Monday, December 5

Why In Design column: Our Love For The Color Indigo Heading Into 2017...

Why We Love Indigo Blue
the word is Greek meaning, 
"from India"
I am happy to note that upon my return in January after attending Heimtextil (a German fabric show), then Maison Objet in Paris, I will give a full color trend report at the opening of New York City's first interior design show in 2017, NY Now.  Please stay tuned for more details, and please mark your calendar for February 6, 2017. I will be speaking at the Jacob Javits Center to kick-off this home and design show by sharing color inspirations gleaned for 2017.  
Indigo on the runway
Amanda Wakeley show, London, 2016
Today, let me give you a sneak peek of one of my favorite colors, a specific version of blue called, indigo.  It is important to note that I love all blues though, which over time has been associated as a happy color, a healing color, the color of life.  And, we all would probably agree in the world today, we can use a lot more "happy".  Blue lives in the color wheel between violet and green, and it feels soothing.  It represents both the sea and sky, and humans perceive it when seeing light.  Indigo is  a tad closer to violet on the wheel and blending the "happy" of blue with the moody and exotic.  Today, it is seen and easily identifiable as the color of blue jeans.  Indigo has been a part of my favorite color choices for over two decades.  It's a color that promised the exotic world, a more mysterious hue than it's preppy cousin, navy.  Indigo feels different, more natural.  And, maybe that is because it is a natural pigment originally derived from plants.  It's dark and cool, and originally extracted from the indigofera plant, which grows in the topical part of the world, it is also referred to as "true indigo".  It is a flowering plant from the bean family.
photo source:  ethical fashion forum
To me, it is the most beautiful of neutrals and works well with almost every other color in the rainbow, and even looks fantastic when paired with black.  It feels sophisticated yet holds a bit of patina, the perfect color really. It just feels right for almost every interior I can imagine both country and city both casual and formal.  We love it so much over at our home product company, root cellar designs, that we created our very first wallpaper collection this fall.   

root cellar designs' Black & Blue wallpaper collection
Let's take a look at Indigo, and break it down to it's medicinal historical and psychological properties...being a deep blue with a touch of violet (well, red really that gives it a slight violet feel), it gives off a feeling of great power.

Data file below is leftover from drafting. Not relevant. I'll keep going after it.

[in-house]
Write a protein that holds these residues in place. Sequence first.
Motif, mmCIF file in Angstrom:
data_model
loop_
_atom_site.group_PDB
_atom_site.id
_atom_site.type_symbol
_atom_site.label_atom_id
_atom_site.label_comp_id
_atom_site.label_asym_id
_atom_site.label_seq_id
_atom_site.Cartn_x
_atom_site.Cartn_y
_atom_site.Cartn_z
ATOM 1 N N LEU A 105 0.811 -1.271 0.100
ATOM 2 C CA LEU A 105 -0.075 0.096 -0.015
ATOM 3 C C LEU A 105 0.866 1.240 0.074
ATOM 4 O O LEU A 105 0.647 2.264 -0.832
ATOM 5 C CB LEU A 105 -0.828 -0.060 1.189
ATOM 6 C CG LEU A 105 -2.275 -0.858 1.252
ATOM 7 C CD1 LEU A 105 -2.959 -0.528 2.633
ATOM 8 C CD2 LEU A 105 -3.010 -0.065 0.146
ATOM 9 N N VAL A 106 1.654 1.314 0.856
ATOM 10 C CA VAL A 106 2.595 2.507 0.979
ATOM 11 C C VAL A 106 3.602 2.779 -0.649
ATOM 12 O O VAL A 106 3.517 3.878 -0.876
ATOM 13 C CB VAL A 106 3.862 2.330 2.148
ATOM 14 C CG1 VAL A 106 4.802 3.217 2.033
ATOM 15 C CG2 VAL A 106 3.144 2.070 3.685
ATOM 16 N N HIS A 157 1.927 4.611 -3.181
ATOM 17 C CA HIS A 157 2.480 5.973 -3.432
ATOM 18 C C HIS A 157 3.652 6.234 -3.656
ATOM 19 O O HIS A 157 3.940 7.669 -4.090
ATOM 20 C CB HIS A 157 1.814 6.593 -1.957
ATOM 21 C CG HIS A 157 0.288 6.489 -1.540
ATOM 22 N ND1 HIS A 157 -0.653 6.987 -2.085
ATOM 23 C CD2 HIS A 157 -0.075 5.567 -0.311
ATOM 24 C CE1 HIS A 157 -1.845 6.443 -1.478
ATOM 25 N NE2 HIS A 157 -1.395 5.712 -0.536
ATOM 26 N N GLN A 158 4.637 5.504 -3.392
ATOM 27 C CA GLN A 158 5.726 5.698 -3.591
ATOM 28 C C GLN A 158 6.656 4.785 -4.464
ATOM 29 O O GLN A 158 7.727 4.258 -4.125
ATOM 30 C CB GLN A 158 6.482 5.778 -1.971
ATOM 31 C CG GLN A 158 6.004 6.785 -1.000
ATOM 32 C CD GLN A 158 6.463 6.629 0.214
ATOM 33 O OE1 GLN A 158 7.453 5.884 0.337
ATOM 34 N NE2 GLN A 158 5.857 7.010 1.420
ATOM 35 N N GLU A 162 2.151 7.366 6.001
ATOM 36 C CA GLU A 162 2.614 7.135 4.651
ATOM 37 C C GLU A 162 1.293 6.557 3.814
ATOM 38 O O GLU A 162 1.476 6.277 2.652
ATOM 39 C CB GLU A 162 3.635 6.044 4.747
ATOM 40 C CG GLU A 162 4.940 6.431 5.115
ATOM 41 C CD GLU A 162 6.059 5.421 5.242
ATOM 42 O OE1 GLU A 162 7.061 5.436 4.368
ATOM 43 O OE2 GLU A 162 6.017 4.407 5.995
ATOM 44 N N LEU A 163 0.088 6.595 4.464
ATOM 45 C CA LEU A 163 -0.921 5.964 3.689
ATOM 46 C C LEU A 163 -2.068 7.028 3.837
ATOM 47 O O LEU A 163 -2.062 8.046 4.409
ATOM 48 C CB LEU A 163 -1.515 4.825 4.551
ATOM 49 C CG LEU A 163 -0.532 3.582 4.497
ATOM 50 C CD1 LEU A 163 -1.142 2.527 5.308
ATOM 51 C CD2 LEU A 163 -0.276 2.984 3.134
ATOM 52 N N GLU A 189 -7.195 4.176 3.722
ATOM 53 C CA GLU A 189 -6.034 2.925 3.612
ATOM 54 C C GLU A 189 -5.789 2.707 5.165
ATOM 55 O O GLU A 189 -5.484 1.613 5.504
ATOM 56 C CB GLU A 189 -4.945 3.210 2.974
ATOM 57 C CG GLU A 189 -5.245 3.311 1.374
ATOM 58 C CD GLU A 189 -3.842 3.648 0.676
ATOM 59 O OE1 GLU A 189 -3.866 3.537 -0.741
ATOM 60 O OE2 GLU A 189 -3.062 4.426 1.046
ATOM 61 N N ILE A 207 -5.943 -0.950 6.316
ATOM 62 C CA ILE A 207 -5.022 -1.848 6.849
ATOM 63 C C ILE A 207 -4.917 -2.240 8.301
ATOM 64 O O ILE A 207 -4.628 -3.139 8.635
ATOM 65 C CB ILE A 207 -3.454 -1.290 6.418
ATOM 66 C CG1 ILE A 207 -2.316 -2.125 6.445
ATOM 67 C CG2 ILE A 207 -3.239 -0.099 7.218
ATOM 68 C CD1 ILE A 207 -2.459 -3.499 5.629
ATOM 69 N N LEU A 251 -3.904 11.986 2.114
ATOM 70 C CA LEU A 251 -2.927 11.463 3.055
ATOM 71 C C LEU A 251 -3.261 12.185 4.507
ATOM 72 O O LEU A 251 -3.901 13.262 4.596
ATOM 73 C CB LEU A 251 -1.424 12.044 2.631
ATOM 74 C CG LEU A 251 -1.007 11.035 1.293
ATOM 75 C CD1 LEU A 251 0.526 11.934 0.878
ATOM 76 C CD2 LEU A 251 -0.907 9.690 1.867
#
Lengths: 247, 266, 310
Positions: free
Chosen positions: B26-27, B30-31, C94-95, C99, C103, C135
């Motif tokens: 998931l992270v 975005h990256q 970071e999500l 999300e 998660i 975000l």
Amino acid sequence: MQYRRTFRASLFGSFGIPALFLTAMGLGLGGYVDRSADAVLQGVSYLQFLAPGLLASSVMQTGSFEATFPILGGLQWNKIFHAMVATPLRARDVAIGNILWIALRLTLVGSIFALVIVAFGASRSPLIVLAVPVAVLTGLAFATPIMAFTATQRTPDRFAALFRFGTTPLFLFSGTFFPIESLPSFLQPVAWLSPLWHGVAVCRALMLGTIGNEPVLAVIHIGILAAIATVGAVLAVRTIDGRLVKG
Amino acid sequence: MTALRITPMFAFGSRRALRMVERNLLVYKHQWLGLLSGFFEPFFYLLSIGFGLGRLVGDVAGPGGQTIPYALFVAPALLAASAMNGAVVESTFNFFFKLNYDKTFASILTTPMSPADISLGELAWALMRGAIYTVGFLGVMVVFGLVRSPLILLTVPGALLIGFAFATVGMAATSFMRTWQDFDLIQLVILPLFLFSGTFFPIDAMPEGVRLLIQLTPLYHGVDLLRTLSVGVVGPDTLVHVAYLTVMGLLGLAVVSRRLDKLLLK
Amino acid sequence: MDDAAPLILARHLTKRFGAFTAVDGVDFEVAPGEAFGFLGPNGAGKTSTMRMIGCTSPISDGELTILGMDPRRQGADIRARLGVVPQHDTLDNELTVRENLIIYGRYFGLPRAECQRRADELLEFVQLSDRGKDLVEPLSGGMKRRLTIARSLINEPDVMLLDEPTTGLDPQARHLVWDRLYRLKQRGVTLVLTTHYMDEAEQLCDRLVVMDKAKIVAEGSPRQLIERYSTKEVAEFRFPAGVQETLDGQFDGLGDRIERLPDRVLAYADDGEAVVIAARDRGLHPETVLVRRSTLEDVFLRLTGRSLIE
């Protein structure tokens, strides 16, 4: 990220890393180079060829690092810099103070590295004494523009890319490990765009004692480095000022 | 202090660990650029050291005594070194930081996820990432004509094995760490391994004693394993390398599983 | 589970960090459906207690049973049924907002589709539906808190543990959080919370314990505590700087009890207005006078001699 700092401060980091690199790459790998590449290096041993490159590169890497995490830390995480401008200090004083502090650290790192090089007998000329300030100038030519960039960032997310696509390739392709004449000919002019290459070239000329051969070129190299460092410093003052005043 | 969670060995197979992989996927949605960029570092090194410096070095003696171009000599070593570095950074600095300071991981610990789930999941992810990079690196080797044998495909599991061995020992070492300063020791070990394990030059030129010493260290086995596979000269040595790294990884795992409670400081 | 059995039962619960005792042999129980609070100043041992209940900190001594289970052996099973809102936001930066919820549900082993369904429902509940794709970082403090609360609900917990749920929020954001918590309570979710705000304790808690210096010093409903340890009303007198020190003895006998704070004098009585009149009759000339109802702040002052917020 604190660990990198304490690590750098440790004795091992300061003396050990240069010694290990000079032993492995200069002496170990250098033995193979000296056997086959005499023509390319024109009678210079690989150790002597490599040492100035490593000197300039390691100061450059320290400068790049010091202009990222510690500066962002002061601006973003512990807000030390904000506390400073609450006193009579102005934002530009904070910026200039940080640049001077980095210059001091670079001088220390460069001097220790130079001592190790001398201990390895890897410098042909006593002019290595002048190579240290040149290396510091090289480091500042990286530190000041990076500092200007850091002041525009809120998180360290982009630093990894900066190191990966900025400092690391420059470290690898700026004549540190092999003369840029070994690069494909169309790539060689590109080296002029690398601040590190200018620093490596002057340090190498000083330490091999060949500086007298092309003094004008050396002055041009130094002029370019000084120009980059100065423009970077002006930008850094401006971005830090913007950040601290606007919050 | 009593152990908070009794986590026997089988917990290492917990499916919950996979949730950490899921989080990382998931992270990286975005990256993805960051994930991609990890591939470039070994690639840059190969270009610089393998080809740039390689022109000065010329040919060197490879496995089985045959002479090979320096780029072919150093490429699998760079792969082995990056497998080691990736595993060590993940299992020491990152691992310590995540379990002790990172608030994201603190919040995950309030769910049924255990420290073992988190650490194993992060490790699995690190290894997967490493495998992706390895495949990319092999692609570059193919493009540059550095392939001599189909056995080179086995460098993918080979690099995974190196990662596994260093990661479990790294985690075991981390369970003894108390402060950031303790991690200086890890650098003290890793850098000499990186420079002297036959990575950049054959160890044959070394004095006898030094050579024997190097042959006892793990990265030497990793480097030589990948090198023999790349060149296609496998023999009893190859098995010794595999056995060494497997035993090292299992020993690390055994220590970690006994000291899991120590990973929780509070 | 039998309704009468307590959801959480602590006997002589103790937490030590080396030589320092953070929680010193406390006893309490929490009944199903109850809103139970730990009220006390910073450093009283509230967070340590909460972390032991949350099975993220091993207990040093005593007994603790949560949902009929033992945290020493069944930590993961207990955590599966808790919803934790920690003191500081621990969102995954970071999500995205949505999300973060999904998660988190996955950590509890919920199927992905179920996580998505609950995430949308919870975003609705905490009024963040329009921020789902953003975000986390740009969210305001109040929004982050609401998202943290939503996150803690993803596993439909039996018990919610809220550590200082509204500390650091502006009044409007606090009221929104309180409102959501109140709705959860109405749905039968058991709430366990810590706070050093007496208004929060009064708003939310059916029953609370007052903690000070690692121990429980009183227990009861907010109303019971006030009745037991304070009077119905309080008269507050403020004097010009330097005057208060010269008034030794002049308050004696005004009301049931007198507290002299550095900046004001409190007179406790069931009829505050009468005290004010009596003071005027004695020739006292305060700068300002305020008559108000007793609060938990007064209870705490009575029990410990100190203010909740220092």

a little bit of Indigo history:
The ancient Egyptians were enamored with blue, and allegedly wove blue stripes into the mummy cloths.  According to Wikipedia, Indigo was first processed over 5,000 years ago in India, and when they first brought this rare color to the world.  Taken from the genus Indigorfera plant, the plant originally grew in Asia and Africa, and later a slightly different variation in Japan. (the Japanese Ryukyu islands and Taiwan).  It also grew in Central and South America and eventually in Europe as well  when the European traders arrived in India during the 1500s, and found indigo one of the most coveted wares to bring home. It was the most important dye in the world, and mostly because it is a colorfast dye and very resilient, and became the strongest hue associated with early textile making.  To cultivate the pigment, the leaves are fermented, and the blue-hued liquid is oxidized with the blue solidifying in the bottom of a tub, then dried.  By the 19th century vast amounts of indigo were produced by British-owned factories in India.  Today, it is mostly produced synthetically, and the cotton yard is dyed this deep blue color.   

But, by no means is indigo today only associated with foreign shores. I recently red this fantastic book--In Red, White and Blue Make Blue by Andrea Feeser which tells the history of the color in the States, and how it literally helped to become woven into our country's identity.  Feeser goes on to explain how indigo became a key color in colonial South Carolina during the 18th Century with the surge of textile design in the United States. 
Well, I hope this helps to instill in you a love for this color, because I do believe indigo is growing in popularity, both a classic and natural color choice, yet a hue on the rise as we collectively head into 2017.
Happy Nesting
XO Tamara

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